Dancing is not one of my strong points. I’m the one who makes staccato movements, raises her left hand when it’s got to be the right, and cannot follow structured dance moves. You’d expect Basil to be better. Fortunately, for me, we’re made for each other. We both have two left feet. I’m glad we never have to repeat our wedding dance. Between getting stomped by his giant feet, trying (and miserably failing) our best imitation of the waltz, and smiling until our jaws hurt; we managed to keep our audience entertained. That’s one thing ticked off our bucket-list!
That’s why, I truly appreciate, anyone who can forget who’s looking at them and immerse themselves in the music. It’s not easy and takes a lot of courage. Under the spotlights, a true artist born.
“The fight is won or lost far away from witnesses – behind the lines, in the gym,
and out there on the road, long before I dance under those lights.”
The Mishing tribe of Assam gear up in preparation for spring. They sing songs of love and life. Young girls and boys of the village come together and there’s a shy, almost coy, song of courting when nature’s in full bloom.
“I think if you give in and accept society’s stereotypes,
then you start thinking, ‘I cannot dance till late at night because I’m 70.”
It takes skill to dance. And it takes a lot more than that to balance earthen pots whilst dancing. Add a smile and you’ve got yourself a winner.
“I grew up with six brothers.
That’s how I learned to dance – waiting for the bathroom.”
As we waited for sunset, a young girl approached us. Underneath her garish make up — was the face of a cheerful child. Her smile was infectious. Our friend joined her in her free flowing dance. We watched and cheered. Too bad, there is no such thing as a free lunch or as it turns out — free dance.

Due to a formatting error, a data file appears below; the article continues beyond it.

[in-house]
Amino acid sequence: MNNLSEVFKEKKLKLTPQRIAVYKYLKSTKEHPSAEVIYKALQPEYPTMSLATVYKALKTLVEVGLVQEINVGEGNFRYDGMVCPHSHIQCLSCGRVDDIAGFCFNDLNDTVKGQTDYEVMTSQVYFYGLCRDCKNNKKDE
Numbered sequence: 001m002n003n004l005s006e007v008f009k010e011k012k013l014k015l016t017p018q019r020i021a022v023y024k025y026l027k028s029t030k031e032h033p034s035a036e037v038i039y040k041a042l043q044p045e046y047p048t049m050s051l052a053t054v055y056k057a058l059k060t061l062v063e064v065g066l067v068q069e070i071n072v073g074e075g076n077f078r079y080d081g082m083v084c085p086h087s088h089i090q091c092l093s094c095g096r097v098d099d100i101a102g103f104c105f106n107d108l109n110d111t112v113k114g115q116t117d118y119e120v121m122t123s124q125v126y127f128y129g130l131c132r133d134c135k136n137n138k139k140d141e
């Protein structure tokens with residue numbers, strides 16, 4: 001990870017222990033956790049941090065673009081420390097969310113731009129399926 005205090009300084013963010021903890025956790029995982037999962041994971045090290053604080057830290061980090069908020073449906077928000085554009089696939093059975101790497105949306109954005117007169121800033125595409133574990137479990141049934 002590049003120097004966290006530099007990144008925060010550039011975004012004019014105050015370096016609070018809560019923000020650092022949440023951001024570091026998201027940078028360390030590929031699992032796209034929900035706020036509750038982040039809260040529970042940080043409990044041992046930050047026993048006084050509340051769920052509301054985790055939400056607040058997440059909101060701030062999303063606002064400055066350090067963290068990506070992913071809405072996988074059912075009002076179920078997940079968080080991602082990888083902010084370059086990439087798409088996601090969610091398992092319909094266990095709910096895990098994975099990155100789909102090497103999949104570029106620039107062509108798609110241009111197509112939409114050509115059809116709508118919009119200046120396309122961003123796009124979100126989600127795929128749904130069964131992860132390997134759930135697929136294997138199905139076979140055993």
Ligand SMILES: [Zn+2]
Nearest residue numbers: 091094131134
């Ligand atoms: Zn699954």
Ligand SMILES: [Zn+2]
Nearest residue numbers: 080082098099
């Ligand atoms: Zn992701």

“The one thing that you have that nobody else has is you.
Your voice, your mind, your story, your vision.
So write and draw and build and play and dance and live as only you can.”
A group performance needs more than rhythm to be successful. The dancers need to be in sync with each other and the music. The Ghoomar dancers had little difficulty doing so. They swirled in perfect circles, clapped their hands in unison, and sang a lilting folk song. It surely might look easy for the uninitiated. I know for sure — it isn’t.
“I try to dress classy and dance cheesy.”
We walked the streets of Pondicherry aimlessly. It’s hard to miss the burst of colour. Hidden among the rows of earthenware was this brightly painted clay doll.
“If you’re feeling blue, lock yourself in a room, stand in front of a mirror, and dance – and laugh at yourself and be sexy. Dance the silliest and ugliest you’ve ever danced.
Make fun of yourself and try to recover your sense of humor.”
The old houses, in the Tamil quarter of Pondicherry, showcase distinct cultural styles — of an era quickly fleeting. We spotted this curvaceous beauty, proud to be herself, and dancing gleefully.